When Gwen* approached a job-placement agency in Nairobi, Kenya, she was promised a job in a hotel in Dubai. Instead she ended up in Erbil, the capital of the Kurdistan Region of Iraq (KRI).
“I thought I was going to Dubai. I never understood well where I was headed until I set foot in the job placement office in Erbil,” recalls Gwen who has been now living in Erbil for three years.
She never suspected she would be taken to Iraq because “Kenya doesn’t deliver visas to Iraq or Kurdistan.”
En route to Erbil, Gwen had a night layover in Dubai where a visa to enter Erbil was waiting for her. “I believe the job-placement agency is part of a network with connections in Dubai and Erbil. I don’t how they got a visa for a Kenyan citizen like me,” she says.
When Gwen finally arrived in Erbil, she started to realize that she had been trafficked into a country she didn’t want to go to. “These people from the agency are soft spoken, you cannot detect whether or not they are lying even if you try to be cautious. They are very smart,” she says. Yet, the services sold by the job-placement agency were convincing enough to make her believe a better future was awaiting abroad.
Back home in Nairobi on previous occasions, Gwen had been scammed twice by so-called “job-placement agencies.” “I gave money twice, to people who promised to help me get a job abroad, they took the money and I never saw them again,” she says.
Although she had been deceived, Gwen decided to take a chance and stayed on in Erbil. Her dire financial situation left her with few choices but to accept to be placed with a family as a housekeeper. She was also afraid to confront the man running the office in Erbil. “He beat girls when they tried to confront him about his lack of honesty. I decided to remain quiet,” she recalls.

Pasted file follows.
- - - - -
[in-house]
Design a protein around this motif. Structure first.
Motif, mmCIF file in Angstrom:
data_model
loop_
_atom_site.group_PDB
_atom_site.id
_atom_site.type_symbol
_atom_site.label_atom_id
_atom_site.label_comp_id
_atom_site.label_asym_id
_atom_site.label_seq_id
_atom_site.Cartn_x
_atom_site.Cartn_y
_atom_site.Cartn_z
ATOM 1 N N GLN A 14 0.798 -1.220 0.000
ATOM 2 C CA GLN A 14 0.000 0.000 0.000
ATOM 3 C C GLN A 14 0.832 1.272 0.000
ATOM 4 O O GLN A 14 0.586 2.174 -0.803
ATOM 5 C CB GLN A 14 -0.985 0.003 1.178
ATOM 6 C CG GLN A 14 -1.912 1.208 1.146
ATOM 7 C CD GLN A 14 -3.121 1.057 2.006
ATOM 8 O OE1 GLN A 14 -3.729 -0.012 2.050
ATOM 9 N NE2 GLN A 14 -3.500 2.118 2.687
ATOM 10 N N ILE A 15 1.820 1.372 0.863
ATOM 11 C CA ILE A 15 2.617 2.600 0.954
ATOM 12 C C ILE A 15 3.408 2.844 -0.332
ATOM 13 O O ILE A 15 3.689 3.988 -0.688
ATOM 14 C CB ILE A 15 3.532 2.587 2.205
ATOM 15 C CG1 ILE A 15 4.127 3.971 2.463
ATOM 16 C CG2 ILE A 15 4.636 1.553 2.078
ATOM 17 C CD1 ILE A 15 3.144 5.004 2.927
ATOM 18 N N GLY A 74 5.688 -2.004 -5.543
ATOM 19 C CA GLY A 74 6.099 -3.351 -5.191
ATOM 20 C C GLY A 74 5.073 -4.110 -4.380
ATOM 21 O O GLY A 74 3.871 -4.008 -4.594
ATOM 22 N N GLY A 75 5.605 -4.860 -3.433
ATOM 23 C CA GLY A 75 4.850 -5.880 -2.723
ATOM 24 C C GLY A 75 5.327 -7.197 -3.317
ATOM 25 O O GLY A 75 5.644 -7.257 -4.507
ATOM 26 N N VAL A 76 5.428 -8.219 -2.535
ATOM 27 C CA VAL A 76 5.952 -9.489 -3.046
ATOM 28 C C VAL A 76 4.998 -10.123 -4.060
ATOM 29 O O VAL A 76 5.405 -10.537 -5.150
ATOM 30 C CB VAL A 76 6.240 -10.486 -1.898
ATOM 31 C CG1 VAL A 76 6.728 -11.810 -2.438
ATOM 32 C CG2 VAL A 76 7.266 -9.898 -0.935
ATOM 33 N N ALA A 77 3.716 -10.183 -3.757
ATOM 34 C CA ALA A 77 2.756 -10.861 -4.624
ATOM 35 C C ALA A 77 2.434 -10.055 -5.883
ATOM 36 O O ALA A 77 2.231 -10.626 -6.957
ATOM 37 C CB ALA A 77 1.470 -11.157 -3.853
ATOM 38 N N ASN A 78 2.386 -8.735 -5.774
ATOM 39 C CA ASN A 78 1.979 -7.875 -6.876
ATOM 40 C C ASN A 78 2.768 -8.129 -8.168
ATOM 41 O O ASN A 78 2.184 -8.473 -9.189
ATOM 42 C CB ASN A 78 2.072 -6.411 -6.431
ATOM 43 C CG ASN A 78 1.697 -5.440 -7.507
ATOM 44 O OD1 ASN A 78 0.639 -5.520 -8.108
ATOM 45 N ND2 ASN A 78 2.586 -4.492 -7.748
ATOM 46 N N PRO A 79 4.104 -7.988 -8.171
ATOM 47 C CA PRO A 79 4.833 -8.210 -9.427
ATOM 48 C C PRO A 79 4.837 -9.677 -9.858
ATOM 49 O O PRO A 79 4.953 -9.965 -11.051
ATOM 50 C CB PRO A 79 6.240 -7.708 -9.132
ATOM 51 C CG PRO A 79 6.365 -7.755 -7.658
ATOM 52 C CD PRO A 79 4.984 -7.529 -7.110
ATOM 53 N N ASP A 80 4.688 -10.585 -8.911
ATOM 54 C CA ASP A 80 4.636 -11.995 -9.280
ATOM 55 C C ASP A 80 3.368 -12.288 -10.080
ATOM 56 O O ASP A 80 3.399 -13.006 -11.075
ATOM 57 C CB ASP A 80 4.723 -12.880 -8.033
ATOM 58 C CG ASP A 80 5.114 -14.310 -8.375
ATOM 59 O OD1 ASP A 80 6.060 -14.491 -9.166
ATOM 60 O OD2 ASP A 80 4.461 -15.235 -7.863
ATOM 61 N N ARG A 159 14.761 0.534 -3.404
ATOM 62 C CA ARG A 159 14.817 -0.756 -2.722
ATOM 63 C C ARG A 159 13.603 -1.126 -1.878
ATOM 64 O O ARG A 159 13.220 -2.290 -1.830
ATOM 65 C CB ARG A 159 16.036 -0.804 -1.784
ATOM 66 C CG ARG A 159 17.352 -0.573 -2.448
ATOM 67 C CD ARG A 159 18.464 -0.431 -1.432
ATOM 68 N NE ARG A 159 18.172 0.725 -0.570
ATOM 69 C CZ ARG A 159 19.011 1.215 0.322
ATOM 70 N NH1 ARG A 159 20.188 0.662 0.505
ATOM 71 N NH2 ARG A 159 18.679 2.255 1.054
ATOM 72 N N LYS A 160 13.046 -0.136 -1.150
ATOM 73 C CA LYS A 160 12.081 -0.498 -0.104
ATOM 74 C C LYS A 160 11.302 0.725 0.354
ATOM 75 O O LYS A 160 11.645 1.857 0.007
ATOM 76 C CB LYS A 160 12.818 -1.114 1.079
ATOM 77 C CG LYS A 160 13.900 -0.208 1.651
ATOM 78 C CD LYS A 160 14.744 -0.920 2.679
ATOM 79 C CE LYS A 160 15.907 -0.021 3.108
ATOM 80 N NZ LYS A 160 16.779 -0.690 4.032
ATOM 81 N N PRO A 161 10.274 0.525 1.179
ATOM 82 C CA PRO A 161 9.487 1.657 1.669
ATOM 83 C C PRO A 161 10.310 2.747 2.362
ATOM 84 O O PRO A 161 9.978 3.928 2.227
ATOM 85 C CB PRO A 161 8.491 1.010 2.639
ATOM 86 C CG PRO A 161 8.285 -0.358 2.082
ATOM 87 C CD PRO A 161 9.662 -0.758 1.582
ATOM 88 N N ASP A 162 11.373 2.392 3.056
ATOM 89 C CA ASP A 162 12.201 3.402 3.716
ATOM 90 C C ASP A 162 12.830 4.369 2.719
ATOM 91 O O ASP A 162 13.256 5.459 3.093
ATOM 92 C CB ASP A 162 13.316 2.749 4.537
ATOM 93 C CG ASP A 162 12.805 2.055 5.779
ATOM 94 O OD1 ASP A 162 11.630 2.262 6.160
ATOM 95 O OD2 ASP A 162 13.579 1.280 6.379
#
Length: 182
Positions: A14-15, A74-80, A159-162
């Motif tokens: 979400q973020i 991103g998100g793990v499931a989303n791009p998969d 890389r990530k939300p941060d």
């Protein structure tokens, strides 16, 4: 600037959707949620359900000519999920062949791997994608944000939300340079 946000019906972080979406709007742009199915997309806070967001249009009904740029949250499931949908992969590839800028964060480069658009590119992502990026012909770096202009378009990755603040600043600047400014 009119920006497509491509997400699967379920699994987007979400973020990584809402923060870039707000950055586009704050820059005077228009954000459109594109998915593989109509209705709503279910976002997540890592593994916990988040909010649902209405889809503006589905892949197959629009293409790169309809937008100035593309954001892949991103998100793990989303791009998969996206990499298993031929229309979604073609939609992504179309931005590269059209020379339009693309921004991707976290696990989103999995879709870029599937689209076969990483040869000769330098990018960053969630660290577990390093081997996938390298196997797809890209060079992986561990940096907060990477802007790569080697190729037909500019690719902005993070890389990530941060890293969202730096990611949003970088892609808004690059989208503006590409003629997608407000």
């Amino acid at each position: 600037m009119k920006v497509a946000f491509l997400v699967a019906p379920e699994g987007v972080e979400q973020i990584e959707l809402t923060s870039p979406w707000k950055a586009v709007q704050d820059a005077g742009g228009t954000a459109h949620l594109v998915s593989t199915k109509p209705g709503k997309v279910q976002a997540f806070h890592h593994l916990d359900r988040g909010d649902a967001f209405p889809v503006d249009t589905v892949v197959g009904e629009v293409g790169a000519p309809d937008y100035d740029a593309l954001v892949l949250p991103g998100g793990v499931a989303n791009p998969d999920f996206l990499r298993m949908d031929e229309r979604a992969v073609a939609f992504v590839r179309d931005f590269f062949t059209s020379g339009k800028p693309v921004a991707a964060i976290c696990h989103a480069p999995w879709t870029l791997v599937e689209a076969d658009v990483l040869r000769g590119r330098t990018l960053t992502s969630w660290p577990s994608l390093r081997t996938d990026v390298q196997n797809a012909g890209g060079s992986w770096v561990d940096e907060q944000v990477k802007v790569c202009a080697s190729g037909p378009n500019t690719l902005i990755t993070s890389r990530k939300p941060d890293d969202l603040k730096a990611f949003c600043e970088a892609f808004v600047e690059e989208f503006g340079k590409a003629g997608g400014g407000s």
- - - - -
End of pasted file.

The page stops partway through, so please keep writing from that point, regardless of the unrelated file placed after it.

After being placed with a Kurdish family for two weeks, Gwen was sent back to the job-placement agency. “I don’t speak Kurdish and my Arabic was weak, we could not understand each other. After two weeks, they decided I was not fit for the job and sent me back to the agency without pay,” she recounts.
That same day, Gwen was placed with a family of expats. She stayed with them for six months, during which time several of her worker and human rights were violated. She earned a meager monthly income of USD 256. “I was poorly treated,” she says, “for instance, I had no day off and worked countless hours. I was not well fed and I was not allowed to leave the house even to go to church.”
During those six months, Gwen says she was not allowed to interact with the outside world and couldn’t send home remittances. “They didn’t let me purchase credit for my phone, so I couldn’t even call my family,” says Gwen.
Eventually Gwen decided to escape the house. However, her options were limited without her passport, which was kept by her employers . She decided to go back to the job-placement office to tell them her story. “They said they couldn’t do anything for me so they took me back to the family. When I went back to the family, they called the police on me. Luckily, the police gave me 14 hours to either leave and return to my country or stay here. I decided to return home,” recalls Gwen.